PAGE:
Before the pandemic, Rachael, a 32-year-old sex and relationships coach, used to host a monthly potluck. “Everyone would bring their partners and friends,” Rachael said; and so would she — all of them. Rachael has been practicing polyamory for four years now, and has multiple partners, with whom she usually spends time separately, with the exception of some gatherings — like potlucks. Rachel also has a nesting partner — a person with whom she lives and dates — and a girlfriend, who lives elsewhere, but who is invited to the potlucks. “I really love for all my partners to feel comfortable interacting in that way,” Rachael says. “I appreciate when that’s something they also enjoy.”
Rachael prefers what she calls “kitchen table polyamory.” Her relationships with her partners don’t exist in seclusion, but in the community, meaning that each connection is in conversation with the others. Essentially, that means that everyone in her polycule — a loosely related network of partners dating each other — can feel comfortable sitting together at a table and having coffee or watching a film together, or anything that requires a gathering instead of one-on-one time.
For Rachael, this lifestyle — like everything else — changed in March of 2020, when the pandemic began. The same holds true for many others who practice polyamory, as countless people across the country were locked in their homes with whoever they were already living with, unable to see their other loved ones. “So much has changed in the last year. It made some relationships a lot harder and made it hard to ignore where things weren’t working,” Rachael tells Refinery29.
New pandemic lifestyle requirements have especially impacted polyamorous people, who sometimes have open relationships and often consistently date multiple partners at once. While polyamory can work many different ways, at its most basic, it’s the practice of having multiple sexual and romantic partners at the same time. It’s a variation of ethical non-monogamy, a relationship lifestyle where one or both partners can engage in platonic, romantic, and sexual activity with others while also maintaining full relationships with their partners. It works, according to those who practice it, as long as everyone consents and communicates. Some people who practice polyamory have nesting partners, people with whom you’re in relationships who live with you; others don’t. Some people practice polyamory by starting and maintaining triads or threesomes, while others are in polycules — a network of polyamorous people all loosely related and in community via non-monogamous relationships.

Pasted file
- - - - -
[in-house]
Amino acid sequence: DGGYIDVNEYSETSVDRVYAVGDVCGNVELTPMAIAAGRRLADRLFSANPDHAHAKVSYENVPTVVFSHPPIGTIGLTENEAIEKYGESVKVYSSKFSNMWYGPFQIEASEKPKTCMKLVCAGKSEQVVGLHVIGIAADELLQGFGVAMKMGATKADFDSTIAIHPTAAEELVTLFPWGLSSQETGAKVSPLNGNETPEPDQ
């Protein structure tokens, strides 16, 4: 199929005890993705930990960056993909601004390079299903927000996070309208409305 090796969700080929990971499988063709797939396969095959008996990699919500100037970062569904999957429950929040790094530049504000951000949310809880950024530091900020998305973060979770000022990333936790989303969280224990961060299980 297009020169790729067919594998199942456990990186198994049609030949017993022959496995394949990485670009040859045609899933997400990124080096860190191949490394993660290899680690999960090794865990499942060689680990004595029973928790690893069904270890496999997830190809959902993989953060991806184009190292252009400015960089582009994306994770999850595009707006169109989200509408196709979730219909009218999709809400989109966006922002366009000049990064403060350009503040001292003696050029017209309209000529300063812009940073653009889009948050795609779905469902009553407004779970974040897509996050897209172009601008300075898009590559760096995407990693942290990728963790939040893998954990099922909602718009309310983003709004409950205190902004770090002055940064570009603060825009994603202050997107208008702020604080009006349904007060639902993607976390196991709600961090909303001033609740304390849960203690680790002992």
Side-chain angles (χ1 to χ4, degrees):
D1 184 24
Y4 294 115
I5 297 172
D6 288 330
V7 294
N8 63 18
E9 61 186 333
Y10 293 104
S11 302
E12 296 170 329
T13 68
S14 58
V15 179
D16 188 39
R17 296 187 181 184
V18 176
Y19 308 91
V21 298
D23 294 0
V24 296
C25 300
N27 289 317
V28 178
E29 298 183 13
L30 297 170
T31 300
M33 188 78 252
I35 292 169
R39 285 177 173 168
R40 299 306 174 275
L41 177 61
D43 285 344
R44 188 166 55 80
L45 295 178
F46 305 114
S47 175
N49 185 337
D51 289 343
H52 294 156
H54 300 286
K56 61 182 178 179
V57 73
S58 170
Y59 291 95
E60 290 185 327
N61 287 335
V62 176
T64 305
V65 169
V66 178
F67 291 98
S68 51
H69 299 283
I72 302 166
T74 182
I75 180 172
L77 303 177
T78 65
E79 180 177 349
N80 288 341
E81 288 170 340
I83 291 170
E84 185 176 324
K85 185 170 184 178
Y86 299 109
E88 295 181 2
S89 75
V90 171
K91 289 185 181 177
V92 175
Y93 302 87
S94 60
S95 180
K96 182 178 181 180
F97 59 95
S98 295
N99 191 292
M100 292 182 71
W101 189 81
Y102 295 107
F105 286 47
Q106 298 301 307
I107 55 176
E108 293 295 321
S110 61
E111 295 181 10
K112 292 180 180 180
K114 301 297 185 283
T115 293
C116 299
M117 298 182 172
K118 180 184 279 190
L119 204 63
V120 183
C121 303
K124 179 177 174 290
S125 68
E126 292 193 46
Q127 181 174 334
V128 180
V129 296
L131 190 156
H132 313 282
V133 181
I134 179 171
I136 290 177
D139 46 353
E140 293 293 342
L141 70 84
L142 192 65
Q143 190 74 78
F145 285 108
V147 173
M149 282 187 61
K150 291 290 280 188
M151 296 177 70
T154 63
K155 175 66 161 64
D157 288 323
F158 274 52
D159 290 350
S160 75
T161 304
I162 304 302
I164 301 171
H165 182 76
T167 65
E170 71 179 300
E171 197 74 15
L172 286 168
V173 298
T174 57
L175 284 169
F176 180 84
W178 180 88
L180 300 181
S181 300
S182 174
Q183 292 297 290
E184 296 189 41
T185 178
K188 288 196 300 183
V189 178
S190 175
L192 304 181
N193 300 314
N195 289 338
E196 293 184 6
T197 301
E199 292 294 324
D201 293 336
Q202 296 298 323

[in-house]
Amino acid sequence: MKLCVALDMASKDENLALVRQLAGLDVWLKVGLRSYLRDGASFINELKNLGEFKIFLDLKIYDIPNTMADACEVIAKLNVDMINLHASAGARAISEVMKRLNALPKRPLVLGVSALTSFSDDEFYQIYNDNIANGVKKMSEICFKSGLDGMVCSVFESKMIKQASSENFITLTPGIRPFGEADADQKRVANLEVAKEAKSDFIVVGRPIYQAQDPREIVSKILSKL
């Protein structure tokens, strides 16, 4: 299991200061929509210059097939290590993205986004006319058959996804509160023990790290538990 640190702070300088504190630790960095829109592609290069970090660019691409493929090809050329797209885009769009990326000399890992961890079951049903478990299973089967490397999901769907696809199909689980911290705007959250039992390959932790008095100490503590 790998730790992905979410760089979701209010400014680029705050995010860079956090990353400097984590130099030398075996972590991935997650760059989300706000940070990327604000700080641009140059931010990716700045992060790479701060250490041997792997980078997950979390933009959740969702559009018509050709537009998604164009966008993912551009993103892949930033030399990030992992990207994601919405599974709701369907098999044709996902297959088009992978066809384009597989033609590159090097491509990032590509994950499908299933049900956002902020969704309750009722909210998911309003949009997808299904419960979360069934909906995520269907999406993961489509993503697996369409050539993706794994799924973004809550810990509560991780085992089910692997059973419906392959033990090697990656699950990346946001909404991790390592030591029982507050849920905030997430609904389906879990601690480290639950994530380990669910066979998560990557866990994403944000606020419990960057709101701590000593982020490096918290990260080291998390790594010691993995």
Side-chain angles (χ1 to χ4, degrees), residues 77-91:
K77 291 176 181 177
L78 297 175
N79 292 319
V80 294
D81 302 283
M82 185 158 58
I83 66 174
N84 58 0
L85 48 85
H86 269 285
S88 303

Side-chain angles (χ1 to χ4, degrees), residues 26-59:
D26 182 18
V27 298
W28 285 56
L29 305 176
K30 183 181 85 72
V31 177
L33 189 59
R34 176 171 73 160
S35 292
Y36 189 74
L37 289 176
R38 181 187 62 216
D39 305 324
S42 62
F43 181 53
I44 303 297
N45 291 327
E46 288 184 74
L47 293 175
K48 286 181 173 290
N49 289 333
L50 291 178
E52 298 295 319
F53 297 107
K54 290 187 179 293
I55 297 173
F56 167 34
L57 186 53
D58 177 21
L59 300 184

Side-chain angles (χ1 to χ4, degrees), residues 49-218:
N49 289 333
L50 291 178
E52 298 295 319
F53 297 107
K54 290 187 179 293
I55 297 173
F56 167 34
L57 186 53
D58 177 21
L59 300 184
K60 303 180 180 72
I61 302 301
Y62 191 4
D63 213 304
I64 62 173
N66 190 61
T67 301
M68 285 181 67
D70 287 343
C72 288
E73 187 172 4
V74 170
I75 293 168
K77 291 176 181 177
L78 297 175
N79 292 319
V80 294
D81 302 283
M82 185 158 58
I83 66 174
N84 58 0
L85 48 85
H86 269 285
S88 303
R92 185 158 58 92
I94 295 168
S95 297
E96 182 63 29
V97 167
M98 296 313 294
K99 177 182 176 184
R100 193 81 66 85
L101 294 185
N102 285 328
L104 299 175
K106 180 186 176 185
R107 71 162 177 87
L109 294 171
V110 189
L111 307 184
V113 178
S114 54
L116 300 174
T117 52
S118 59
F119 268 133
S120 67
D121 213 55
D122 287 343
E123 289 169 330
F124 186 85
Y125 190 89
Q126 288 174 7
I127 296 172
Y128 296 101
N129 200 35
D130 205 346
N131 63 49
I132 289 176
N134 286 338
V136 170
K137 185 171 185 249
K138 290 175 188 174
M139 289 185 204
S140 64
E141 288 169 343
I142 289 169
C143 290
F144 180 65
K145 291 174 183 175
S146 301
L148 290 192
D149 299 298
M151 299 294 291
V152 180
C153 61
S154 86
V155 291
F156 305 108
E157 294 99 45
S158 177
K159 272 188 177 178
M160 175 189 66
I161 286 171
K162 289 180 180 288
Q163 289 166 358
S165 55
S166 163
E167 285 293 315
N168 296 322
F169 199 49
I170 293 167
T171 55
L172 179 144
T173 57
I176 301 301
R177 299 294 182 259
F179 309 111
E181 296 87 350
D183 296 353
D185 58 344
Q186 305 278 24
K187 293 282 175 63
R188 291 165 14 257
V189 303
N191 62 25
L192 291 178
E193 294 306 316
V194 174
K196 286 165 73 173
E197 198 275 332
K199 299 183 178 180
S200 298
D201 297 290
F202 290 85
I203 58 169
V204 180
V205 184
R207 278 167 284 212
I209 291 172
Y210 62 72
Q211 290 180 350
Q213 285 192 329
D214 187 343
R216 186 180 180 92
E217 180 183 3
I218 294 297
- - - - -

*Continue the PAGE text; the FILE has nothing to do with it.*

Polyamorous relationships take many forms, but one thing they are not is a method of being dishonest within dating, nor are they a solution to problems found within a monogamous relationship, explains Alex Jenny, LCSW, who goes by The Drag Therapist and is polyamorous. “Polyamory is inherently about understanding when jealousy shows up, not controlling our partners and working to not project our insecurities onto them, open communication and discussions about boundaries,” she tells Refinery29. “I think some of the healthy aspects of polyamory can also absolutely be healthy aspects of monogamy. Polyamory, of course, may offer more opportunities to practice these healthy aspects: respecting the autonomy of your partners, wanting partners to feel fulfilled in their lives which includes other important relationships, working to be curious, and compassionate. It’s about the ability to navigate complex interpersonal dynamics,”
Prior to the pandemic, Rachael, who has been guiding people through their own relationships for many years, was in a monogamous relationship with her nesting partner for 10 years before transitioning into polyamory. When she first learned about the non-monogamous relationship lifestyle, though, it resonated with her, and after bringing it up to her partner, they both slowly navigated their way into non-monogamy. Things were going smoothly until the pandemic, she says, which “led to some new stressors to navigate with my nesting partner, since we were suddenly together almost all the time and we were both feeling burnt out and overwhelmed.” But, by identifying this as a problem, Rachael and her nesting partner started seeing a couple’s therapist, which helped them so much that Rachael says things are even better now than they were pre-COVID.